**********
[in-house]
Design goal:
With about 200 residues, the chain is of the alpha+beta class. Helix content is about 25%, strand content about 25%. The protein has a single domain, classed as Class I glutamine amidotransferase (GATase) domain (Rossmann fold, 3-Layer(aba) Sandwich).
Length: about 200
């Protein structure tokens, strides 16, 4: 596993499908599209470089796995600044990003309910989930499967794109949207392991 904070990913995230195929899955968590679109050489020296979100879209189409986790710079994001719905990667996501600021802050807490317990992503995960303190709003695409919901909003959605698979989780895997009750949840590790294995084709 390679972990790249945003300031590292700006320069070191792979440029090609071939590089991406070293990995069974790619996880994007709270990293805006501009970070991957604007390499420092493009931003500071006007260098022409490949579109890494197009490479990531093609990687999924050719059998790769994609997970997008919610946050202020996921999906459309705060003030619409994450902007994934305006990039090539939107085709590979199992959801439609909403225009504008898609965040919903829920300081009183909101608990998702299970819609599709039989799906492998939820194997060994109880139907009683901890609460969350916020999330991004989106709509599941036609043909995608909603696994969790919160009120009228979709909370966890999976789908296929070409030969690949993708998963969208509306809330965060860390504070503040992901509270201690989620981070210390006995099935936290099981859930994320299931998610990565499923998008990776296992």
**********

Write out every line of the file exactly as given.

[in-house]
Design goal:
With about 200 residues, the chain is of the alpha+beta class. Helix content is about 25%, strand content about 25%. The protein has a single domain, classed as Class I glutamine amidotransferase (GATase) domain (Rossmann fold, 3-Layer(aba) Sandwich).
Length: about 200
């Protein structure tokens, strides 16, 4: 596993499908599209470089796995600044990003309910989930499967794109949207392991 904070990913995230195929899955968590679109050489020296979100879209189409986790710079994001719905990667996501600021802050807490317990992503995960303190709003695409919901909003959605698979989780895997009750949840590790294995084709 390679972990790249945003300031590292700006320069070191792979440029090609071939590089991406070293990995069974790619996880994007709270990293805006501009970070991957604007390499420092493009931003500071006007260098022409490949579109890494197009490479990531093609990687999924050719059998790769994609997970997008919610946050202020996921999906459309705060003030619409994450902007994934305006990039090539939107085709590979199992959801439609909403225009504008898609965040919903829920300081009183909101608990998702299970819609599709039989799906492998939820194997060994109880139907009683901890609460969350916020999330991004989106709509599941036609043909995608909603696994969790919160009120009228979709909370966890999976789908296929070409030969690949993708998963969208509306809330965060860390504070503040992901509270201690989620981070210390006995099935936290099981859930994320299931998610990565499923998008990776296992």